Even if I were to abandon my life here at Tulane and drop everything to be part of this community, part of this Third Line, my story lacks the authenticity to ever truly belong. The sounds of drums and trumpets, the smells of sweat and barbecue, the faces alive with purpose and dignity, all looked out at me, but they are not mine. The emotions depicted in the mural are not mine, and the faces are not my friends, the people are not my community, and the mural does not celebrate me. I can only imagine what it feels like to be part of this Ninth Ward family, and what it means to share their experience.

That being said, I am not trying to be a hero by proclaiming my whiteness and subsequently abandoning the mural because I just can not possibly relate to it, because that is simply not the case.

Despite my distance from the realities depicted on this wall, the beauty and power of the piece lies within the fact that when I look at it, for a moment I feel like I can imagine the experience. Anyone can.

Maybe it’s the way the mural stands at 35 feet tall and stretches 150 feet, enveloping its viewers and forcing any audience to feel its energy and pull. Maybe it’s the way the mural depicts over 100 unique people that makes all its onlookers feel connected. Maybe it’s the way these faces radiate life through  their expressions and stories that make us feel like we maybe belong on the wall too. Maybe it’s the sheer busyness of character and emotion of the wall that allows me to connect with it.

I really think it is the mural’s humanity, shown through the palate of emotions and specific mix of the hues of life painted onto the piece, that makes it so magnetic and feel so universally relatable.

In terms of hues of life, I guess I specifically mean that there is not a single emotion left out by this wall, rather than the literal hues of lights, darks, and grays. Whether it be the overall hues and feelings of togetherness and overcoming that radiate from the mural as a whole, or the individual expressions of each character’s being, there is not a fragment of the universal human experience excluded from the piece.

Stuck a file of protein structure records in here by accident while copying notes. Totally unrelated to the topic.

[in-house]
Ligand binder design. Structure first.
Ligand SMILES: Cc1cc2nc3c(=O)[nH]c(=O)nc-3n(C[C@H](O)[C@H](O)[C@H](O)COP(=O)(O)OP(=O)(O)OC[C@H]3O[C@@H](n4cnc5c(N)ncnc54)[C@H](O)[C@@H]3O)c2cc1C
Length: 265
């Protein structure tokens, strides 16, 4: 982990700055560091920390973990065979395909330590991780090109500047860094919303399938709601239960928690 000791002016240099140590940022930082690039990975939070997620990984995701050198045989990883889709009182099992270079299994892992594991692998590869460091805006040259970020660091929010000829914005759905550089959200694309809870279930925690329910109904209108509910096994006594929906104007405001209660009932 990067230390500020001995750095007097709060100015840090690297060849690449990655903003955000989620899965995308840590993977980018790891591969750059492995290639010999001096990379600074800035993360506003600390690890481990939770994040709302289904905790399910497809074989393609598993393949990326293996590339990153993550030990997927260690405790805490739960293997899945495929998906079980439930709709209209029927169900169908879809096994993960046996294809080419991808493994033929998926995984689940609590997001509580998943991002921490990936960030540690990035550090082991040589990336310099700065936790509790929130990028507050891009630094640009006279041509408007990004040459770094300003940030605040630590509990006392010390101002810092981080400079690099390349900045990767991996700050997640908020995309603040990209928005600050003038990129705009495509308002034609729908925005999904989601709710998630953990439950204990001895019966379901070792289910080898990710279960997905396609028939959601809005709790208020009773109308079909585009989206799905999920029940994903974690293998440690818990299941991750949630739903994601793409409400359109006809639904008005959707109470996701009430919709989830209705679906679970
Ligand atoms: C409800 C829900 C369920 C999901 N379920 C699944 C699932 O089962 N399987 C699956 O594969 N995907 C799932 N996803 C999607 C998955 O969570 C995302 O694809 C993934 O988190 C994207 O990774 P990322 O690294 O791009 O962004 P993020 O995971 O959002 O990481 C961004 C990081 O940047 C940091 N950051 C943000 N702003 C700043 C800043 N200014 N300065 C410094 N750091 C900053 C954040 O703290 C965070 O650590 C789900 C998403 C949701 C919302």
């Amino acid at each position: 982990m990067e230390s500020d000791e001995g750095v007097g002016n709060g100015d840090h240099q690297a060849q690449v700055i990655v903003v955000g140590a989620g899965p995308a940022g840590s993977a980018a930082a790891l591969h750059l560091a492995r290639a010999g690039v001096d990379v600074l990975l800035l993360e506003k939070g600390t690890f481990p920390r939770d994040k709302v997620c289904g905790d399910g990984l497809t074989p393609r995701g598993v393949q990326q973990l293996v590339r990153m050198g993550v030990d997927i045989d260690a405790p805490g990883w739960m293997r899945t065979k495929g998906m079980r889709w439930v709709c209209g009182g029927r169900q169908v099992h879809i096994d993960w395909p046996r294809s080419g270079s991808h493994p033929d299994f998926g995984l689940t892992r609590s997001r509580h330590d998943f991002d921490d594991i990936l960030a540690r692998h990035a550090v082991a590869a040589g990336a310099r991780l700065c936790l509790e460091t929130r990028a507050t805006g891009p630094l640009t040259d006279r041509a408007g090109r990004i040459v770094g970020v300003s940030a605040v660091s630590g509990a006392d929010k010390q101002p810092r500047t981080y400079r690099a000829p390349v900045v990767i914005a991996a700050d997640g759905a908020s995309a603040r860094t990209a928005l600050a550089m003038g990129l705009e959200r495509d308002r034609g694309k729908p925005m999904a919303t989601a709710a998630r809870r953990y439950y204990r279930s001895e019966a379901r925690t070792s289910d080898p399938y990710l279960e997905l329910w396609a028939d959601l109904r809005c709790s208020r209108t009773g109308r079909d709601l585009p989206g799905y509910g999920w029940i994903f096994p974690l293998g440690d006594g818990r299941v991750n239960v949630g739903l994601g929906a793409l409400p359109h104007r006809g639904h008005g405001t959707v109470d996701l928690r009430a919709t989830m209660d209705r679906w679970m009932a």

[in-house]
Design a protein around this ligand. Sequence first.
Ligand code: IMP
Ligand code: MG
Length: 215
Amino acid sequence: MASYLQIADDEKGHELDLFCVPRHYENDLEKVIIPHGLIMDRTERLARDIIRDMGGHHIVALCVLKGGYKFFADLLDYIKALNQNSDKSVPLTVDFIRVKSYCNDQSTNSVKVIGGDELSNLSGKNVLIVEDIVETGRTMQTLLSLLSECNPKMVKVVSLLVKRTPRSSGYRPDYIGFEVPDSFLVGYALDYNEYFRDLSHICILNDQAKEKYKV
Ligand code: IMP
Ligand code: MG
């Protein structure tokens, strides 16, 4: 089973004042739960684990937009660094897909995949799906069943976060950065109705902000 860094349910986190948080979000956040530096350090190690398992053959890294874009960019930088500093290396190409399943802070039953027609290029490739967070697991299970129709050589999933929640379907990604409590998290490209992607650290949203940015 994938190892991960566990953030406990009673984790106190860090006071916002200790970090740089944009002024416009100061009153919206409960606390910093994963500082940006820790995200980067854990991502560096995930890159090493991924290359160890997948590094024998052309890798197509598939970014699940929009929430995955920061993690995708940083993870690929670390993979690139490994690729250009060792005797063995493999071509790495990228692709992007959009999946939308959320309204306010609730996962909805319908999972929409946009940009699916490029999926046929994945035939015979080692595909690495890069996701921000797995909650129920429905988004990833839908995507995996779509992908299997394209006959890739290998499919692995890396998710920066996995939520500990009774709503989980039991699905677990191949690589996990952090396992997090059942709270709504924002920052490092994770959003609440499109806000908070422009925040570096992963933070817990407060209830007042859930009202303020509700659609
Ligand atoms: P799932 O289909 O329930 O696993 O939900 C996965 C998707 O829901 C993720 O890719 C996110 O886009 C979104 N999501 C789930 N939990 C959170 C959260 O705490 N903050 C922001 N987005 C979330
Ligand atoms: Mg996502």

In particular there are a few scenes that I found myself unable to pull away from as I found them most prominently to tug at me emotionally.

Representation of the Caramel Curves in Henry Lipkis’s The Third Line (Photo by: Mia Royce)

Firstly, despite my distance from the realities depicted on this wall, the positioning of one of the Caramel Curves, New Orleans’s all-female motorcycle club, makes her dominate the mural’s frame and, for me, feel particularly inspiring. Her prominence on the wall and the power she exerts from her pink mo-hawk to her hands tightly gripping the bike’s handles, demands attention and asserts dominance over the entire mural. I interpreted her as a sign of defiance and pride as both her story and illustration embodies an unwillingness to conform which I find empowering.

I also found myself really attached to the tank-top man wiping the dripping sweat from his face. While looking at the little tank-top man I was overcome with thankfulness that his existence was purposeful and meaningful enough to be included on the wall. He is so small and seems possibly unnoticed in our busy world; yet, he is so intentional. His presence highlights the need to celebrate both the remarkable and the unremarkable — rethinking what those labels even mean —  reminding us of importance and beauty of even the most everyday feelings and occurrences.